Tuesday, 25 November 2014 14:30

Fleury finds inner peace while helping others do the same

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Theo Fleury talks to a young fan at the Great Plains College Tuesday afternoon. Theo Fleury talks to a young fan at the Great Plains College Tuesday afternoon.

Theo Fleury sits down on the couch in a Medicine Hat office on a Monday afternoon. He looks calm, relaxed, someone at peace. It hasn't always been that way — as anyone who has read his first book, Playing with Fire, can attest.

When asked about a Toronto Star news story which talked about how many days he's not had any chemical dependence situations, he stops and smiles.
"Let me check," as he reaches into his jacket pocket for his Smartphone. "It's 3,354, it's essentially one day at a time. I don't think about the past and I don't think about the future either."
It's been quite a past: one of which has seen both complete and extreme opposite ends of the spectrum.
He was one of a few former players of convicted child molester Graham James who have spoken publicly of their terrifying and horrible situations while playing under the coach in major junior hockey. He suffered mental anguish and survived some well-documented harrowing experiences.
On the positive side, he is a Stanley Cup champ in 1989, played seven NHL all-star games, and earned gold medals from the Olympics, world juniors and Canada Cup.
But that isn't what Fleury is all about now. He wants to be known as someone who can help and that's why he's especially relaxed on his current leg of his travels promoting his latest literary effort, Conversations with a Rattlesnake. He toured Medicine Hat Nov. 24 and was in Swift Current at the Great Plains College Nov. 25. He signed autographs and copies of the book. When he stopped in at the Prairie Post office in Medicine Hat, he looked content.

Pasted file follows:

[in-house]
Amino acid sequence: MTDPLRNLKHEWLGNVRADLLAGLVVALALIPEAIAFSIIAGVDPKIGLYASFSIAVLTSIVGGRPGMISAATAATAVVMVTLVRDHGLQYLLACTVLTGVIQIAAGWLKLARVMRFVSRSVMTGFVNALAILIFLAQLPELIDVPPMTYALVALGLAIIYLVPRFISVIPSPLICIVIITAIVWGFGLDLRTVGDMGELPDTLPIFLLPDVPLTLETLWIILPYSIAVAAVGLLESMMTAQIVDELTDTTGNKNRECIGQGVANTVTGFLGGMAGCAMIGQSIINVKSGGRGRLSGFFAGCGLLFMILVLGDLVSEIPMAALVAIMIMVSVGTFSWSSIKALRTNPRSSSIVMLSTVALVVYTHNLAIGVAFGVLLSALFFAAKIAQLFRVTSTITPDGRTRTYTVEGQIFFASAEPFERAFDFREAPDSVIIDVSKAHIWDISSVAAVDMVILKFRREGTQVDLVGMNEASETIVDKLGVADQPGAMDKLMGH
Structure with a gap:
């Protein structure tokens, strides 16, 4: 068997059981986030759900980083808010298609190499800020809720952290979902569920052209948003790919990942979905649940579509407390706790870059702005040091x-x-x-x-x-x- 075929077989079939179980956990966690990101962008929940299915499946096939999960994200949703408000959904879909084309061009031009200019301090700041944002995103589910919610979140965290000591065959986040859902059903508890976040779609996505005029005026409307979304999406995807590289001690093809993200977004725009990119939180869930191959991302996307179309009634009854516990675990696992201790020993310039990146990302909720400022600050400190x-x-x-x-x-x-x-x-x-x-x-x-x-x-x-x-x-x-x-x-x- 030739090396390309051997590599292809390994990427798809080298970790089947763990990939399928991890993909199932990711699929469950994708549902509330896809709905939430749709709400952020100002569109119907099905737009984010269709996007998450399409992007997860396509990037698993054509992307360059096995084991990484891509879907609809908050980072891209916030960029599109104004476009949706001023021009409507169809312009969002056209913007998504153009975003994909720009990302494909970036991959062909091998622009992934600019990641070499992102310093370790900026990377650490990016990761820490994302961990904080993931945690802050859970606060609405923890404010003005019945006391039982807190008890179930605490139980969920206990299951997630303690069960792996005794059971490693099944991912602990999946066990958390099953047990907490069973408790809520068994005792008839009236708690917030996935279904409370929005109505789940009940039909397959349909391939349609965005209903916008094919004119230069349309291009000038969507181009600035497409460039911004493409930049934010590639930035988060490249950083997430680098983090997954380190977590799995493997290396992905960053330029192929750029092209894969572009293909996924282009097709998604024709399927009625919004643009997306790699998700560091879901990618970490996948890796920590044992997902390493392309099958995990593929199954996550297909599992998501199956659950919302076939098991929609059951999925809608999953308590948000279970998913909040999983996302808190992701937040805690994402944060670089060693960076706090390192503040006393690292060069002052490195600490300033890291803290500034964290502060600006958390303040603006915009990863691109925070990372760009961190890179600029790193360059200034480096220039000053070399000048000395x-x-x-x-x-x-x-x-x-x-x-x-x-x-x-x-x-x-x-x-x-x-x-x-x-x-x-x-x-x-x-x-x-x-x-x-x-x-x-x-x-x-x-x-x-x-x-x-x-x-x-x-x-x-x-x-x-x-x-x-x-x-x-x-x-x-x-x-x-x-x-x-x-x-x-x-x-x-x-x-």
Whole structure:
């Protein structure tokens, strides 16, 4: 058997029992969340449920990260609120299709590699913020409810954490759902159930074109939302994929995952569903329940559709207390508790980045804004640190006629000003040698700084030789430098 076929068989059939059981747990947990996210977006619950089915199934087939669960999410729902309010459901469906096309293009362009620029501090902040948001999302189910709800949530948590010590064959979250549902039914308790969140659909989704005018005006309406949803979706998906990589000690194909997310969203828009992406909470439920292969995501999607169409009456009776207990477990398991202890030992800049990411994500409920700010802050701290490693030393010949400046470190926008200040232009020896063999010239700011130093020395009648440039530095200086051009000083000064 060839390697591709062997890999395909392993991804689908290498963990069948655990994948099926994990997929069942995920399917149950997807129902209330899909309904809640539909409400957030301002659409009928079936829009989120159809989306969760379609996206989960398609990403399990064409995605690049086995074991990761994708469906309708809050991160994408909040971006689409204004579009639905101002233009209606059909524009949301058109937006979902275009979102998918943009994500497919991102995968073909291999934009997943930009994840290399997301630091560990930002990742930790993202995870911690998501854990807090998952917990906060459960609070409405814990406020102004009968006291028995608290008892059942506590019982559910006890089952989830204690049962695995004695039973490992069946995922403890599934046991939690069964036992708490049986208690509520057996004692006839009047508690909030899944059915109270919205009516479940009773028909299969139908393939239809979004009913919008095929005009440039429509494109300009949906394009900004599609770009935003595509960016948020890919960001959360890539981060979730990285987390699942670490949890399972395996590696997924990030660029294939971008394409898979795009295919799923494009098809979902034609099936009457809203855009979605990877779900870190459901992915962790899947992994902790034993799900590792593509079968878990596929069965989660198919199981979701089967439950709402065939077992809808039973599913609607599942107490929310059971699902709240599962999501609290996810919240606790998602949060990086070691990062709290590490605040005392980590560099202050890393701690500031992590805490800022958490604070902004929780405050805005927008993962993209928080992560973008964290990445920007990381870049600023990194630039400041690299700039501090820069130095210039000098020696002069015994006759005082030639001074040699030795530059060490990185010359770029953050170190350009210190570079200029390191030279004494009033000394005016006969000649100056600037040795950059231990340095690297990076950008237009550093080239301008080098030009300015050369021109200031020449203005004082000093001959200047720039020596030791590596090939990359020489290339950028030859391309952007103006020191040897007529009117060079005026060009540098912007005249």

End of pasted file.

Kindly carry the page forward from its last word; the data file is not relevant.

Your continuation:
"It's home, the prairies are home. People here have incredible values and are known for hard work," says Fleury who was born in Oxbow, Sask., but lived much of his young life in Russell Man. "It just shows people how far you can from and still make a difference ... to use your own story to inspire people."
Where Playing with Fire is a frank and brutally honest documentation of his life growing up, what he went through with James and the highs and lows of his professional hockey career, Conversations with a Rattlesnake is about Fleury dealing with the pain and learning to let it go and help others. He teamed with occupational therapist Kim Barthel, whom Fleury met at a conference they were at in Nanaimo. Fleury says they developed instant chemistry and he felt very comfortable talking to her.
"Kim is so incredibly amazing, so incredible in reading people ... I invited her to Calgary and we talked for what seemed like 72 hours straight," explains Fleury, adding matter-of-factly, "We just sat around my kitchen table and after that I understood myself better than I had my whole life. It took away all the pain and guilt.
"It sort of evolved. When I originally wrote (Playing with Fire) I figured I'd move on with the rest of my life."
When he and Barthel decided to co-author a book, they weren't sure how it was going to go.